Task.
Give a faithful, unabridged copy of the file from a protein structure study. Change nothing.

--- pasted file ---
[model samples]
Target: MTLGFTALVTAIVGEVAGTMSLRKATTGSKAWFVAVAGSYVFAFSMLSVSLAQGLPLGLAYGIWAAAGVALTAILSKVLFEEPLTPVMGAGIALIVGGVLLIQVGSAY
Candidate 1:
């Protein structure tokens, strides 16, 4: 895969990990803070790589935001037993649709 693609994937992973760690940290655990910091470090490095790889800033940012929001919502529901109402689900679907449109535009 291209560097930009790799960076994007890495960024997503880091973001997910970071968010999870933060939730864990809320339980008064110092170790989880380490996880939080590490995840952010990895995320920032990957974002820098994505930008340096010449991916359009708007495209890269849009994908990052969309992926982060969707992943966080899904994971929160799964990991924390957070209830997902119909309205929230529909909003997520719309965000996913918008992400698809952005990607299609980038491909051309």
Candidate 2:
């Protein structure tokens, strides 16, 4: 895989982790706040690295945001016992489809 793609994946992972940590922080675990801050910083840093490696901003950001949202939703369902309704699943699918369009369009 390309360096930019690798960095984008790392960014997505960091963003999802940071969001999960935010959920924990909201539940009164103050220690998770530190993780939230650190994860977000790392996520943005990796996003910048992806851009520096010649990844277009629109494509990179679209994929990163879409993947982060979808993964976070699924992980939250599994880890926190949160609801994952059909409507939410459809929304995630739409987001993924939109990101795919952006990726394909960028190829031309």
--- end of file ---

[model samples]
Target: MTLGFTALVTAIVGEVAGTMSLRKATTGSKAWFVAVAGSYVFAFSMLSVSLAQGLPLGLAYGIWAAAGVALTAILSKVLFEEPLTPVMGAGIALIVGGVLLIQVGSAY
Candidate 1:
């Protein structure tokens, strides 16, 4: 895969990990803070790589935001037993649709 693609994937992973760690940290655990910091470090490095790889800033940012929001919502529901109402689900679907449109535009 291209560097930009790799960076994007890495960024997503880091973001997910970071968010999870933060939730864990809320339980008064110092170790989880380490996880939080590490995840952010990895995320920032990957974002820098994505930008340096010449991916359009708007495209890269849009994908990052969309992926982060969707992943966080899904994971929160799964990991924390957070209830997902119909309205929230529909909003997520719309965000996913918008992400698809952005990607299609980038491909051309």
Candidate 2:
């Protein structure tokens, strides 16, 4: 895989982790706040690295945001016992489809 793609994946992972940590922080675990801050910083840093490696901003950001949202939703369902309704699943699918369009369009 390309360096930019690798960095984008790392960014997505960091963003999802940071969001999960935010959920924990909201539940009164103050220690998770530190993780939230650190994860977000790392996520943005990796996003910048992806851009520096010649990844277009629109494509990179679209994929990163879409993947982060979808993964976070699924992980939250599994880890926190949160609801994952059909409507939410459809929304995630739409987001993924939109990101795919952006990726394909960028190829031309």